This article is based on the Linkedin Live session from the xpath.global series of live talks on global mobility topics. You can watch the entire series here. The session “Global mobility – containing costs while adding value” focused on one pervasive and burning...

Xpath Nexus: Directive 2001/55/EC impact in Europe

Xpath Nexus: Directive 2001/55/EC impact in Europe

The recent Russian invasion of Ukraine has abruptly transformed the entire world. xpath.global organized the second live session called Xpath Nexus, dedicated to the terrible situation there.  Currently, over 2 million individuals have already departed Ukraine, up to...

Xpath Nexus – Pains and gains of global mobility tech

Xpath Nexus – Pains and gains of global mobility tech

Image: xpath.global Xpath Nexus: As the Global Mobility departments cope with a new set of demands in order to keep their organizations competitive, businesses are increasingly turning to technology to grow or improve their mobility programs.  What role does...

Digital Nomadism: new option for employees

Digital Nomadism: new option for employees

Image: xpath.global Digital nomad visa laws and the remote working policies have changed the landscape for everybody. There are currently over 30 countries offering this option (or what is very similar with a digital nomad visa) around the world and many more coming,...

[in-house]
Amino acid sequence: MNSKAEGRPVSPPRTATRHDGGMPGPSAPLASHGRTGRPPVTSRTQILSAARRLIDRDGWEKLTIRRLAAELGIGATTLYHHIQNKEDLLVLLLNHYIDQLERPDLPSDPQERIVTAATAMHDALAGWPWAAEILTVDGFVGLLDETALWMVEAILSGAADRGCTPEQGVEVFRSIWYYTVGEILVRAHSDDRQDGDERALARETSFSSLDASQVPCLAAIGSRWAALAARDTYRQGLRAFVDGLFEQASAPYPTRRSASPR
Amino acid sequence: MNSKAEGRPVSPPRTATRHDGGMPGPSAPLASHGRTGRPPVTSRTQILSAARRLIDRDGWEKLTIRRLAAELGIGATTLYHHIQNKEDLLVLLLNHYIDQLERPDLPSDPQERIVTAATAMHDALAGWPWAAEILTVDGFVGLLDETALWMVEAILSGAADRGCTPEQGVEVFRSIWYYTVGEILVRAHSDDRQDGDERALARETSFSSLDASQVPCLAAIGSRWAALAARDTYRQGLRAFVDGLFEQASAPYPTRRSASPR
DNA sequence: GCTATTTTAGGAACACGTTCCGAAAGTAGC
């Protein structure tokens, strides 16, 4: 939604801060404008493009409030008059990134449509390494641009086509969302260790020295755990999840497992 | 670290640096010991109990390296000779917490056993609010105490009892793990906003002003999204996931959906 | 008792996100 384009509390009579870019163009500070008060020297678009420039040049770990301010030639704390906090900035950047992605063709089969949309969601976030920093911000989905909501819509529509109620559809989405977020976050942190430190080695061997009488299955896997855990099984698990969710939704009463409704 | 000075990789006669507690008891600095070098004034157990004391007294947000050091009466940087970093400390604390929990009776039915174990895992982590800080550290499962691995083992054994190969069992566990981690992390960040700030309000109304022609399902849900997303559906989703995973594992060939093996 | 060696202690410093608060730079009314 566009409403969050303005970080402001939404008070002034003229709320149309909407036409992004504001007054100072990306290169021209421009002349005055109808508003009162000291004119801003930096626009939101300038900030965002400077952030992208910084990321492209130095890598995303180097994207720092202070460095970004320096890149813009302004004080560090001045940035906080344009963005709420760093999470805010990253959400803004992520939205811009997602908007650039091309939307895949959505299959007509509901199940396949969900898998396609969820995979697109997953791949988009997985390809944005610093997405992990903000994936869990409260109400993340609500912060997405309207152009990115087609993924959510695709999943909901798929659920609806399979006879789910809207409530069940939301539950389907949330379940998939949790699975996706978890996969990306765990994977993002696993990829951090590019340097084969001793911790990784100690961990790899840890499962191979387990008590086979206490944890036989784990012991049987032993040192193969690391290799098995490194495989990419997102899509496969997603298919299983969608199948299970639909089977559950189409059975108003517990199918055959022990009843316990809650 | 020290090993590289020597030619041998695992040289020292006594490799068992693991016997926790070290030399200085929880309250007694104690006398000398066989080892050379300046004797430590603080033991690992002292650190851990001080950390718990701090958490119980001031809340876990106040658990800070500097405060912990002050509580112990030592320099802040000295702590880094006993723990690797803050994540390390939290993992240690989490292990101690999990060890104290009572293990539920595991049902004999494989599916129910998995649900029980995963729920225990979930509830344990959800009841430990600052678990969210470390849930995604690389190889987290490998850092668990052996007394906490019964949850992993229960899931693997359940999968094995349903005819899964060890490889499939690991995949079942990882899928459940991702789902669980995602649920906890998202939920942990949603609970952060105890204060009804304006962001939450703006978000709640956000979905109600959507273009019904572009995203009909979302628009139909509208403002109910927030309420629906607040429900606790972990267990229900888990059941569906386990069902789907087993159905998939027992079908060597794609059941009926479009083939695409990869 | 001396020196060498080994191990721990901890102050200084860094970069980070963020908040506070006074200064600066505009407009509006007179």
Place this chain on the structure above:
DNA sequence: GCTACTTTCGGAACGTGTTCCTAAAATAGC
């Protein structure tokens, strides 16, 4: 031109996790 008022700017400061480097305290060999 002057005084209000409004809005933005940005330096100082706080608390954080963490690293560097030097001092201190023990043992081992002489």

Cost Containment: Revising global mobility policies

Cost Containment: Revising global mobility policies

Image: xpath global Cost-cutting is critical for all businesses, regardless of their size. Large companies, however, must strike the right balance as they must be mindful of the costs of expat programs, while still providing packages that will attract and keep their...

Role of Technology in Global Mobility delivery

Role of Technology in Global Mobility delivery

Image: xpath global This episode focuses on the Role of Technology in the Global Mobility processes delivery. The demand for the Global Mobility function to assess the implications of digital transformation will undoubtedly increase, with pressure coming from both...

Step by step compliance on Global Telecommuting

Step by step compliance on Global Telecommuting

This article focuses on global telecommuting compliance. The guests discuss mostly immigration matters and risks, and it’s a sequel to a previous Nexus episode that focused on taxation and permanent establishment risks.  Compliance in all its aspects and forms,...